Captain Thomas A. Loomis was a career military man who flew combat missions in the Korean War and briefly commanded the naval aircraft carrier U.S.S. Ticonderoga during the Vietnam War.
Loomis was born in Perry, Okla. on August 26, 1925 and grew up in nearby Enid during the height of the Dust Bowl. At 16 years old he was too young to enlist when the Japanese bombed Pearl Harbor 1941. He joined an ROTC program the following summer and first experienced Navy life during a summer sea cruise on the U.S.S. West Virginia.
But flying had been a dream of his since his 14th birthday, when his father paid 50 cents for him to ride in a tri-motor plane over Enid at sunset. So he jumped at a chance to train to become a pilot in 1944.
Loomis was only about halfway through his training when World War II ended. After discharge he enrolled in the University of Michigan to study forestry. Upon graduating in 1947, he briefly took a job in Detroit for the Boy Scouts of America until he reentered the Navy as an officer flight student in 1948.
Thus began his true life’s work. In the Korean War, he flew bombing missions near the border of China and North Korea. He was wounded by shrapnel in a mission, and his efforts earned him an air medal and a purple heart.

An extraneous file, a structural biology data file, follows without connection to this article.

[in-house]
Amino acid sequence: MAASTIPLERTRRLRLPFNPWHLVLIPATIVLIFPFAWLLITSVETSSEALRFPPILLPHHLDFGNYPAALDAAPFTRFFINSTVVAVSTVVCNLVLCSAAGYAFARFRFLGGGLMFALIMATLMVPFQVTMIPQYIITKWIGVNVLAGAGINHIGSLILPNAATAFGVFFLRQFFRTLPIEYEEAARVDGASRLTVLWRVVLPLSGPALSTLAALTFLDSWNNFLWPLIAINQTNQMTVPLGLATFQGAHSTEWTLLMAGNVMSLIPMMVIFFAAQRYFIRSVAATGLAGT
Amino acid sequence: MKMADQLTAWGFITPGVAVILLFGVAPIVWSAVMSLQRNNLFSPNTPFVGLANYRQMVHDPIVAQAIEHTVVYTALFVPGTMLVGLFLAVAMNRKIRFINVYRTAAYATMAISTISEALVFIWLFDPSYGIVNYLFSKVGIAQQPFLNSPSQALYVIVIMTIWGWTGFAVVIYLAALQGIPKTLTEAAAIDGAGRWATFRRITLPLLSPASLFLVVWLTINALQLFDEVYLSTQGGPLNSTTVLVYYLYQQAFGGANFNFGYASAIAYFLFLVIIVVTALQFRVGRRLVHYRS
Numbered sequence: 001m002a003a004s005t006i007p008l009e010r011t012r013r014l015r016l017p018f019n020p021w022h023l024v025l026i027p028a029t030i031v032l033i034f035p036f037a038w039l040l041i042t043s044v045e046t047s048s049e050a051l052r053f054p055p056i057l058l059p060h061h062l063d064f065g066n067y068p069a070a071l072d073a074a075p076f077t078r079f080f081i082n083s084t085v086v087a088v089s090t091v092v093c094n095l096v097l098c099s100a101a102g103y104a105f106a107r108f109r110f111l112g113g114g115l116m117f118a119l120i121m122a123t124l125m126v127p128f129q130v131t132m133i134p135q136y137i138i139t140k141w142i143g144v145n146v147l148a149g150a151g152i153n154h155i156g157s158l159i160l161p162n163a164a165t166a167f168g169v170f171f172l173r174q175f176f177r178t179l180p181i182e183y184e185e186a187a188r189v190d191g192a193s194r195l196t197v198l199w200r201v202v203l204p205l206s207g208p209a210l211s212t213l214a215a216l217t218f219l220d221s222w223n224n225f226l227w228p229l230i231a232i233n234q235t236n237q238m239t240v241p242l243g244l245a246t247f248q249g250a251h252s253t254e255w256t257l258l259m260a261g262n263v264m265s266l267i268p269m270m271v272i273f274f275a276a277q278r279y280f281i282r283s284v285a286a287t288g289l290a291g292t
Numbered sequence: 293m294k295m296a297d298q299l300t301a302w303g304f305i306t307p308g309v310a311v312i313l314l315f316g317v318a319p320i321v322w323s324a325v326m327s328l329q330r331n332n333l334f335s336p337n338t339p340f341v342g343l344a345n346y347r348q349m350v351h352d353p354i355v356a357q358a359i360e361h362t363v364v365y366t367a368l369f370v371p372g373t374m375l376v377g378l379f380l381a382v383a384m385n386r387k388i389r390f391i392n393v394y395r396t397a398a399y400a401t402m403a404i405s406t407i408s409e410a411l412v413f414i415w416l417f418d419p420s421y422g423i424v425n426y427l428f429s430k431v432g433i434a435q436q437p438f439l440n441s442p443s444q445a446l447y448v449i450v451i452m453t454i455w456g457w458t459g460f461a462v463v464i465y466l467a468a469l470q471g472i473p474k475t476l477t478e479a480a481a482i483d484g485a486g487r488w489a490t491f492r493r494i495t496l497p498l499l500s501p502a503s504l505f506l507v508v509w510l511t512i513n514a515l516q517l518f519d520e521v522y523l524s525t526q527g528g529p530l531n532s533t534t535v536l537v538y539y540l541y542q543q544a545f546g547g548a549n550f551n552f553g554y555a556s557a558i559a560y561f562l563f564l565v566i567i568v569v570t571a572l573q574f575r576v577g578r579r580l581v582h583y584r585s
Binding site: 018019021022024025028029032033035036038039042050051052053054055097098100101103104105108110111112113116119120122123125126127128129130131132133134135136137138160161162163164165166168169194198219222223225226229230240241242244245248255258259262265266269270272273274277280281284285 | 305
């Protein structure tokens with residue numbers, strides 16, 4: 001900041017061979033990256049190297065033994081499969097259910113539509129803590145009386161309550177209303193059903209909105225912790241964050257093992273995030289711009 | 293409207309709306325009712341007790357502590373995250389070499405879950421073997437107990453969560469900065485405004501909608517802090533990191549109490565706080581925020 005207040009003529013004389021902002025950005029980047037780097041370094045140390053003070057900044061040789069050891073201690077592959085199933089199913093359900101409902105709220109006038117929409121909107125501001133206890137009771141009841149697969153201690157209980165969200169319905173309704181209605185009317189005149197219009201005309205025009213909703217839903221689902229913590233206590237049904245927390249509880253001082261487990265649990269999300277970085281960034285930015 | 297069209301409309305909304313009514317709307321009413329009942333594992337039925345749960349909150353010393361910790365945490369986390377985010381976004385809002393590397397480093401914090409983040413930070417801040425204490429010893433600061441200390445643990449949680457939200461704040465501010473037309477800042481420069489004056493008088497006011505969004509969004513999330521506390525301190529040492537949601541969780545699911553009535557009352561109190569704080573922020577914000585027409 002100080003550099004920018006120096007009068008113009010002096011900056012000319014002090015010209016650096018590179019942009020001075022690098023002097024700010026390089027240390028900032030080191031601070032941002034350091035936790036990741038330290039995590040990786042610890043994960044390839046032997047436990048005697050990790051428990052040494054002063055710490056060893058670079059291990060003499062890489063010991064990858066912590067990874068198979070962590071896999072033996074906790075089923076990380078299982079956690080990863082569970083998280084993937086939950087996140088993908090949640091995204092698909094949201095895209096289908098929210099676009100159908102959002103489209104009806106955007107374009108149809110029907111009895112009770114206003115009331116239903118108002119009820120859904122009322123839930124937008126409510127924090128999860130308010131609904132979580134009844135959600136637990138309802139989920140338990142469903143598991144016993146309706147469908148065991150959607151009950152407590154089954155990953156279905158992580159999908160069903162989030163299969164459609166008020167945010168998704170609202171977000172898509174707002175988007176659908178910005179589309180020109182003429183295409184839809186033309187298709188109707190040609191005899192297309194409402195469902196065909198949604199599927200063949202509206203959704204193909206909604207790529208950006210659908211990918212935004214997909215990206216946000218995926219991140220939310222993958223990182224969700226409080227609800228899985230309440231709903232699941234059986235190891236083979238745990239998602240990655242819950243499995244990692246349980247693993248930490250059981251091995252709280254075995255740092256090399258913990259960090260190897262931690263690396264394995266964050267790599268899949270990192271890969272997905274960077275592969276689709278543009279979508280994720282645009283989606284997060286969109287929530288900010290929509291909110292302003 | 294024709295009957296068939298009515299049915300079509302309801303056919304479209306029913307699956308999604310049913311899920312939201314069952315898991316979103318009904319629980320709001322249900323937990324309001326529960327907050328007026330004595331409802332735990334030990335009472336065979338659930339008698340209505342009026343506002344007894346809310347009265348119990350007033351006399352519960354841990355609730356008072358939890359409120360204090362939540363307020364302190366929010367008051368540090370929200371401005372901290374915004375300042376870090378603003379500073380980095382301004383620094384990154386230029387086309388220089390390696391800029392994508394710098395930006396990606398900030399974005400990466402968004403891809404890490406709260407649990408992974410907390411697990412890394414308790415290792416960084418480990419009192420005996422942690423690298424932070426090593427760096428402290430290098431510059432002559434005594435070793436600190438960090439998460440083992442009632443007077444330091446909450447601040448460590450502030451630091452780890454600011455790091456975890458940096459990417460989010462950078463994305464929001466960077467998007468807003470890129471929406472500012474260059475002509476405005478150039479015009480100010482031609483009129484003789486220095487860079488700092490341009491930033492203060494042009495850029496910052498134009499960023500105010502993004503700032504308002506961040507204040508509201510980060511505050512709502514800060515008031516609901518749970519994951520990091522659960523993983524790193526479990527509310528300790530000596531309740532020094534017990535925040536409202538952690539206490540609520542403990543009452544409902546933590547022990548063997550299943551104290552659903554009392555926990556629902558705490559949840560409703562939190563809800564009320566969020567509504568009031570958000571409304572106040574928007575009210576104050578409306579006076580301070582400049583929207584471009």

After Korea, he served as a flight instructor in Pensacola, Fla. and later hunted Soviet submarines from aboard aircraft carriers in the western Atlantic. Those missions were occasionally eventful, too. One time, his plane lost power after it was struck by lightning. Another time, he had to wrestle controls away from a commanding officer who suffered vertigo while piloting.
During the Vietnam War, Loomis was assigned to the aircraft carrier Ticonderoga in the Gulf of Tonkin. He spent a year navigating the ship and then rose to executive officer. On his second deployment Loomis was named captain of the ship, and he served in that role for about two months.
After his service in Vietnam, Loomis earned a master’s degree in Systems Management and spent a brief time working at the Pentagon before retiring from active duty in 1974.
MOAA: MILITARY OFFICERS ASSOCIATION OF AMERICA, ALAMO CHAPTER, Fort Sam Houston, TX.